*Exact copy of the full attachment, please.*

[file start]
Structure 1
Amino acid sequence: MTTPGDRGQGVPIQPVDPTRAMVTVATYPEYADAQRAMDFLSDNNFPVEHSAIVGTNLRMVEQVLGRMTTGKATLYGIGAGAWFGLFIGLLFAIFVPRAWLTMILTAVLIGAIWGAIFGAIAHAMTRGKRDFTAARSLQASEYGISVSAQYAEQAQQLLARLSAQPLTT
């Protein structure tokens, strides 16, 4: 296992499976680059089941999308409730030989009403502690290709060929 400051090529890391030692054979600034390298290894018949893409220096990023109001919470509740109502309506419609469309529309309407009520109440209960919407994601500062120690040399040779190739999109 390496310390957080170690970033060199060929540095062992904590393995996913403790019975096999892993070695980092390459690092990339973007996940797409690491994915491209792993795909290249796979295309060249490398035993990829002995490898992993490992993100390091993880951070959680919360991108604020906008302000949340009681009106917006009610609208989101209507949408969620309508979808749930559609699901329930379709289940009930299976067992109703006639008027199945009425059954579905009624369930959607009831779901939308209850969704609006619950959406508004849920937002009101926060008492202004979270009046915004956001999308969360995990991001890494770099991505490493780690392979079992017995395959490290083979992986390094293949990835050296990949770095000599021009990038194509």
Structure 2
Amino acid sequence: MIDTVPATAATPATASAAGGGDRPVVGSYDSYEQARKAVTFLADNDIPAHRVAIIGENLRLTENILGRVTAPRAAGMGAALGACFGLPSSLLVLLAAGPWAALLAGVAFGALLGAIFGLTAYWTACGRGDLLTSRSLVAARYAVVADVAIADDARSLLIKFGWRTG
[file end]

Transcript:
Structure 1
Amino acid sequence: MTTPGDRGQGVPIQPVDPTRAMVTVATYPEYADAQRAMDFLSDNNFPVEHSAIVGTNLRMVEQVLGRMTTGKATLYGIGAGAWFGLFIGLLFAIFVPRAWLTMILTAVLIGAIWGAIFGAIAHAMTRGKRDFTAARSLQASEYGISVSAQYAEQAQQLLARLSAQPLTT
């Protein structure tokens, strides 16, 4: 296992499976680059089941999308409730030989009403502690290709060929 400051090529890391030692054979600034390298290894018949893409220096990023109001919470509740109502309506419609469309529309309407009520109440209960919407994601500062120690040399040779190739999109 390496310390957080170690970033060199060929540095062992904590393995996913403790019975096999892993070695980092390459690092990339973007996940797409690491994915491209792993795909290249796979295309060249490398035993990829002995490898992993490992993100390091993880951070959680919360991108604020906008302000949340009681009106917006009610609208989101209507949408969620309508979808749930559609699901329930379709289940009930299976067992109703006639008027199945009425059954579905009624369930959607009831779901939308209850969704609006619950959406508004849920937002009101926060008492202004979270009046915004956001999308969360995990991001890494770099991505490493780690392979079992017995395959490290083979992986390094293949990835050296990949770095000599021009990038194509």
Structure 2
Amino acid sequence: MIDTVPATAATPATASAAGGGDRPVVGSYDSYEQARKAVTFLADNDIPAHRVAIIGENLRLTENILGRVTAPRAAGMGAALGACFGLPSSLLVLLAAGPWAALLAGVAFGALLGAIFGLTAYWTACGRGDLLTSRSLVAARYAVVADVAIADDARSLLIKFGWRTG